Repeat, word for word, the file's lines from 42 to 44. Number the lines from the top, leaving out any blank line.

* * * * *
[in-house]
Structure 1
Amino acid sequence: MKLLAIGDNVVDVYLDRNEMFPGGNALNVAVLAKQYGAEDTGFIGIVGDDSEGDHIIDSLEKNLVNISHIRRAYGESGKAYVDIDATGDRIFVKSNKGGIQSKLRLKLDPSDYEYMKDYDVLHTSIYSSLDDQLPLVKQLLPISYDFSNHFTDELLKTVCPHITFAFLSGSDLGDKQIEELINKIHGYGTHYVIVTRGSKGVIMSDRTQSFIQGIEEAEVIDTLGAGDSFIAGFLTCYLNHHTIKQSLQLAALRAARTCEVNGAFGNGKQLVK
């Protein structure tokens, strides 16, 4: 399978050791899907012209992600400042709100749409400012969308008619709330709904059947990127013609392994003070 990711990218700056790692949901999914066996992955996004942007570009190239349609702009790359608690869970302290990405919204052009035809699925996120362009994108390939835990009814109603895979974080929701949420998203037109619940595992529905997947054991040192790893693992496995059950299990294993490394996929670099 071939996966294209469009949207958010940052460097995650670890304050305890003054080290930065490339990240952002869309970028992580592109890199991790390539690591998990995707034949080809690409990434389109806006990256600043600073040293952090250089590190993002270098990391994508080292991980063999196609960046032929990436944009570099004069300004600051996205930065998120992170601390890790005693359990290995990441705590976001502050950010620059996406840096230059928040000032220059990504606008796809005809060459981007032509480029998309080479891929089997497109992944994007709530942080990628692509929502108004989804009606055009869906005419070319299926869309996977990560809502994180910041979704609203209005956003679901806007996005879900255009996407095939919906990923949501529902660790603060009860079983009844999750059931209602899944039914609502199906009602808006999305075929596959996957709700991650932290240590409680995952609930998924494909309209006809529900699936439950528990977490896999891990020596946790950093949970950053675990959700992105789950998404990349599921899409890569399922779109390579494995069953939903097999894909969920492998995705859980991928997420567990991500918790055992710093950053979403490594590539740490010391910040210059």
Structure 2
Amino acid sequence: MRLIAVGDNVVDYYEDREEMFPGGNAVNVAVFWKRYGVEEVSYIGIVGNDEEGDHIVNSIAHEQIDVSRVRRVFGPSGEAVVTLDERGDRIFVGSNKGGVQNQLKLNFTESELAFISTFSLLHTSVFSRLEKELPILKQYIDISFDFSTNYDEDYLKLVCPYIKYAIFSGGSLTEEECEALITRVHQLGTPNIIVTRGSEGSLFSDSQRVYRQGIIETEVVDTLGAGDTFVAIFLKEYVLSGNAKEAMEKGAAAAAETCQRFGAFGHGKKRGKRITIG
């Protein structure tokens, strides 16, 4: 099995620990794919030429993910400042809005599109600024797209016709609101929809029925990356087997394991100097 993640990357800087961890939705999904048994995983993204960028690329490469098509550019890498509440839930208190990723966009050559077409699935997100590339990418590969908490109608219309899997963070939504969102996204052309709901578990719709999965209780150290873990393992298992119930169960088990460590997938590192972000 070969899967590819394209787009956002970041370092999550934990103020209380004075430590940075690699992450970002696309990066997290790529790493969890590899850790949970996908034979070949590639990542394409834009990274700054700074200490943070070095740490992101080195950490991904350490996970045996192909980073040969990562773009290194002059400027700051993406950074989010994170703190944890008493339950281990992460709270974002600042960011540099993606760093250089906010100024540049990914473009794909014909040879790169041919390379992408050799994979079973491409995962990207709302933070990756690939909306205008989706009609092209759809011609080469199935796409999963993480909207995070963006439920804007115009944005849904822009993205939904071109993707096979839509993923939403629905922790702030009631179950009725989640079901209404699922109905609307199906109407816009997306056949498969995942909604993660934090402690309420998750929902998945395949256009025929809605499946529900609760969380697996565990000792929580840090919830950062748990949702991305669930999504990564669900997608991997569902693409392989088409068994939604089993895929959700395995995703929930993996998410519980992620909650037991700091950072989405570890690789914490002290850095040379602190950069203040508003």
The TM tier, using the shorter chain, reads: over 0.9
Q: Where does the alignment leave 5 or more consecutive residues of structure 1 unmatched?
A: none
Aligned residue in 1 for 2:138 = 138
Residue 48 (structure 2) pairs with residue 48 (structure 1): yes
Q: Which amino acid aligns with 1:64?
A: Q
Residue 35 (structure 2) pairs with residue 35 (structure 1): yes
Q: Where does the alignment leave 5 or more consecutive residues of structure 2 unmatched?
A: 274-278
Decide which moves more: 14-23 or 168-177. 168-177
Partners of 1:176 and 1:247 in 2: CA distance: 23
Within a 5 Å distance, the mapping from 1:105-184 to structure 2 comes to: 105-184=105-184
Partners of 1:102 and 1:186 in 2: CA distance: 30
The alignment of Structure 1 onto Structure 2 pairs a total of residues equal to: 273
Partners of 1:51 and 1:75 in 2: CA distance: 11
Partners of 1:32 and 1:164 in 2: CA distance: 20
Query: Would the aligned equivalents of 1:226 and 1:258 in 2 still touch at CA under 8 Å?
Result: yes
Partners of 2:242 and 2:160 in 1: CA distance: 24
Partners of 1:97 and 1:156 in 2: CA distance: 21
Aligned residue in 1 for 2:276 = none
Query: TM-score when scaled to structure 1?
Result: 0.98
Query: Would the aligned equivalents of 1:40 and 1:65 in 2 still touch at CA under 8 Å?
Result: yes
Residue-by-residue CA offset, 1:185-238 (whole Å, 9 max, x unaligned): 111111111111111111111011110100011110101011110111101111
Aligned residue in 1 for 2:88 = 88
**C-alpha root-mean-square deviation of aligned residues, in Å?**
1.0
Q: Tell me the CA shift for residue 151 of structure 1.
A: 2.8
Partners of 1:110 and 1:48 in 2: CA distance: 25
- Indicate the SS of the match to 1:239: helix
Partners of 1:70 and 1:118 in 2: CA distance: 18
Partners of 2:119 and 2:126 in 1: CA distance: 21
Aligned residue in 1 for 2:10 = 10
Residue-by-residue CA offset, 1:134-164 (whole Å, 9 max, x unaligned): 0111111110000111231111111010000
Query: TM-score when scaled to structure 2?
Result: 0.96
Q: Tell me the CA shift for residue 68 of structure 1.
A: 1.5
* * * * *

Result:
Partners of 1:70 and 1:118 in 2: CA distance: 18
Partners of 2:119 and 2:126 in 1: CA distance: 21
Aligned residue in 1 for 2:10 = 10